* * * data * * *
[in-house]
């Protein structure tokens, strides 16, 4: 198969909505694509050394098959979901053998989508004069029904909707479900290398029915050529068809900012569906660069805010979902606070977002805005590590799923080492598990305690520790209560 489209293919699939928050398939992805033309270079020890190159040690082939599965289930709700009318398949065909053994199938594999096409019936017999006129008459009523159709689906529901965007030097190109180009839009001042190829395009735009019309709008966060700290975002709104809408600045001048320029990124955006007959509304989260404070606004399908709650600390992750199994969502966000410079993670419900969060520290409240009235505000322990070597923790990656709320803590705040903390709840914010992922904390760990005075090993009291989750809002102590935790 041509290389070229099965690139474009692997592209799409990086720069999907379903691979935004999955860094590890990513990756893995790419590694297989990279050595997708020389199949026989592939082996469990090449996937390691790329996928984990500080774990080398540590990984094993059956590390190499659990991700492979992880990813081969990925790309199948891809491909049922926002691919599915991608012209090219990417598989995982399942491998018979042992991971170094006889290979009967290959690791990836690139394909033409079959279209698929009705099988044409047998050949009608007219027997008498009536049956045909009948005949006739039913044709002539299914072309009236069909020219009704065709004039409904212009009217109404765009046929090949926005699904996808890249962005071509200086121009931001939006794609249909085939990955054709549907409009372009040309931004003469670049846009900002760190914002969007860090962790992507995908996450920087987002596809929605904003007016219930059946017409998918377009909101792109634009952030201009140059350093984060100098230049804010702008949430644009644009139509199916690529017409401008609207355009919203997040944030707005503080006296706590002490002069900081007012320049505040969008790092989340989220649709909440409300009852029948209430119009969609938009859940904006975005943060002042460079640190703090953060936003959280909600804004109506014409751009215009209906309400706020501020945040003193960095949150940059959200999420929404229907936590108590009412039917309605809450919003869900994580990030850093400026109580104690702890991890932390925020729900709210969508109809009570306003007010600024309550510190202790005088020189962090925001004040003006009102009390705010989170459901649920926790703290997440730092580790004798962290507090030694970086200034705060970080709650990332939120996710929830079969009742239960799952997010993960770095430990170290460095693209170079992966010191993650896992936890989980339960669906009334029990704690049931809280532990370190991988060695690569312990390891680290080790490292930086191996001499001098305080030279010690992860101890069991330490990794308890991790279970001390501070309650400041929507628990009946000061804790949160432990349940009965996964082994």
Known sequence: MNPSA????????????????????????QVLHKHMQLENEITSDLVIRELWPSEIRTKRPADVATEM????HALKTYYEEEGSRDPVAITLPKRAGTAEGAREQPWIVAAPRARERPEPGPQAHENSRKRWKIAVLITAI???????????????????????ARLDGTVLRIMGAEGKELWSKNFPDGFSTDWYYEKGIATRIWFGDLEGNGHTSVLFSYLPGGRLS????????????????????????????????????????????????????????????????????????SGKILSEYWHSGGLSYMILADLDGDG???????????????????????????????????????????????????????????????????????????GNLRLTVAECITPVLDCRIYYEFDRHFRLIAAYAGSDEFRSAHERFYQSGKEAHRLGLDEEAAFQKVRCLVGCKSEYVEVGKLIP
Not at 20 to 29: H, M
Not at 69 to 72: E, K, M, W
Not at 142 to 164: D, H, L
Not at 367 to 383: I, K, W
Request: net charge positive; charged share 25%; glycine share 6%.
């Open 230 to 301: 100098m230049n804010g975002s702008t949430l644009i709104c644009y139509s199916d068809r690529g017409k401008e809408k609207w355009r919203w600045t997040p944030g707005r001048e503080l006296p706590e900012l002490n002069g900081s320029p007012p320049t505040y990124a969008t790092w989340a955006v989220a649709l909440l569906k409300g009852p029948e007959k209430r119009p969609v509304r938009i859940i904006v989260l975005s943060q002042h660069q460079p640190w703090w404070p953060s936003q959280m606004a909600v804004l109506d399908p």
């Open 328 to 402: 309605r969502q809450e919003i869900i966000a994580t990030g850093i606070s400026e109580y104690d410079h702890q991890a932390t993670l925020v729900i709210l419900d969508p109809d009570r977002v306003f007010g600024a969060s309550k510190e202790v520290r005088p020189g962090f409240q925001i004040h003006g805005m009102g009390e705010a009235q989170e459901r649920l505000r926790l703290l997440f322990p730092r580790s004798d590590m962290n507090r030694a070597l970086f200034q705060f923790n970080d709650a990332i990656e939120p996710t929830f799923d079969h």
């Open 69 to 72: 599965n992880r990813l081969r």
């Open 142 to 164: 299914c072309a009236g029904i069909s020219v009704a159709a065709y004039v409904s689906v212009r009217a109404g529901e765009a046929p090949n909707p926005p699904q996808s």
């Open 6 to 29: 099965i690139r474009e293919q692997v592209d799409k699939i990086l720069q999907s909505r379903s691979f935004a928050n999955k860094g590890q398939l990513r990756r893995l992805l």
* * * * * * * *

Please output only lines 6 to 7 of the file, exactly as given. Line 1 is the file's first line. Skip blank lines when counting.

Not at 142 to 164: D, H, L
Not at 367 to 383: I, K, W